Chart of the day
ANZ's Bagrie included this chart in his current account commentary:
ASB chief economist Nick Tuffley
The quarterly current account deficit, at $1.31bn, was close to expectations (market $1.145bn, ASB $1.43bn). In seasonally-adjusted terms the deficit widened slightly, and that trend was also reflected in the lift in the annual deficit to 4.8% of GDP.
The International Investment Position narrowed to 70.9% of GDP due to asset revaluation impacts.
Trade as expected
The goods and services trade balances were close to our expectations. Dairy prices have fallen substantially since late last year and contributed to slightly weaker export receipts compared to a year earlier, compounded by weaker oil export volumes. Meanwhile the cost of imports was lifted by the spike in oil prices earlier this year.
The Services balanced weakened in the wake of the Rugby World Cup, reflecting the drop back to more normal seasonal tourist earnings and a lift in New Zealanders’ travel abroad after they remained homebound during the RWC. The lift in imports of services was mitigated by the absence of various RWC-related hosting fees and broadcasting rights paid in 2011.
Investment Income, Transfers
The investment income deficit was substantially smaller than we expected, though is a notoriously volatile component. A $470mn dip in the outflow of income attributable to foreign investors, relative to Q4, was the main cause of the lower income deficit. The decline in income was concentrated in direct investments in NZ (i.e. where a controlling interest is held). In contrast to the fall in income, direct investors increased the amount of profit reinvested into the local companies. The income NZ earned from its foreign investments edged down fractionally.
The Transfers balance, in contrast, registered a larger than expected deficit through increased foreign aid payments and a smaller tax take from non-residents.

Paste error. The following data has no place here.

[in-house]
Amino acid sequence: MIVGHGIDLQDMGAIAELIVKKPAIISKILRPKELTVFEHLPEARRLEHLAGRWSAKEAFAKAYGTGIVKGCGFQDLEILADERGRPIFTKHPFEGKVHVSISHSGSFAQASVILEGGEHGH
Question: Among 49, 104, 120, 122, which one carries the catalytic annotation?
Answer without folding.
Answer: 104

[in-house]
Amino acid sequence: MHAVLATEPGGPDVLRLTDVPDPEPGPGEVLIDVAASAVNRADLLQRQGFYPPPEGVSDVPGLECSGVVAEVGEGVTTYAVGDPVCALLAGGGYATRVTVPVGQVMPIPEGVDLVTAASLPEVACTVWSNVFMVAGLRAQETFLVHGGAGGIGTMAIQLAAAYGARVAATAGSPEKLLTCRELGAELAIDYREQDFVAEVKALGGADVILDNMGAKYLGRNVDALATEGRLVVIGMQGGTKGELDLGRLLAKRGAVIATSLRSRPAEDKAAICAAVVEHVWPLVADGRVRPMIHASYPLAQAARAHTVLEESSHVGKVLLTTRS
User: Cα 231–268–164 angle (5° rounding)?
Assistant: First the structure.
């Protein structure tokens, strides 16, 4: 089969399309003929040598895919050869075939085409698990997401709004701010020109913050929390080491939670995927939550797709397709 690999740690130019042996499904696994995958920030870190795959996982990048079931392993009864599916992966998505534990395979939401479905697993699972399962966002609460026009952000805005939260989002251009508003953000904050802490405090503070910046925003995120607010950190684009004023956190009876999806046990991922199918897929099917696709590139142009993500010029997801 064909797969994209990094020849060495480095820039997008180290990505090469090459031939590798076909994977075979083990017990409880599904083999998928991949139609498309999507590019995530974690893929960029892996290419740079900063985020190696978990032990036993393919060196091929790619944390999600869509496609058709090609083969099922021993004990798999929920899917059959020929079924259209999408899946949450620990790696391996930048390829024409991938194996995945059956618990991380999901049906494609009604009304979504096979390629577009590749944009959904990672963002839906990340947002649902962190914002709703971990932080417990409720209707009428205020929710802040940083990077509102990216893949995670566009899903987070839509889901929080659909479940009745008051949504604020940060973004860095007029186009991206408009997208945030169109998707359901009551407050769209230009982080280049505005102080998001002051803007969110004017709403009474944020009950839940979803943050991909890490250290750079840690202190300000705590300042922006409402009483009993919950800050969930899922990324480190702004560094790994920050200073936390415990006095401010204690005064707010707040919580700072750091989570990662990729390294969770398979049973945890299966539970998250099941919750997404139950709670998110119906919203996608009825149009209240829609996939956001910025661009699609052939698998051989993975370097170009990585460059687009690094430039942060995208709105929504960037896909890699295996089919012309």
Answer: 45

Earthquake insurance settlements
Statistics NZ gains estimates of outstanding foreign insurance claims and includes these as NZ’s foreign assets in the International Investment Position, given they are a claim that NZ households and companies have on foreigners. The current estimate is that $11.9bn of foreign insurance claims remain outstanding after payments to date of $3.8bn (total foreign claims estimated at $15.7bn, against damage estimates of $20-30bn). Payouts will likely take years, so will provide a degree of background demand for the NZ dollar. However, the implications for NZD flows are uncertain given that some of the outstanding claims could have already been converted to NZD or the NZD exposure hedged.
The increase in reinsurance premiums in the wake of the Canterbury earthquakes have meant a $390 million increase in service and transfer payments to overseas insurance companies for the year to March 2012, relative to the previous year.
International Investment Position
NZ’s net international liabilities fell to $143.2 billion in Q1, from $146.3 billion in the previous quarter. This decline was largely driven by valuation changes, reflecting the appreciation in the NZ dollar and rising share prices. Relative to GDP the IIP has reduced to 70.9% from 72.9% in 2011Q4. If the outstanding earthquake reinsurance claims were excluded the IIP would be 76.8% of GDP.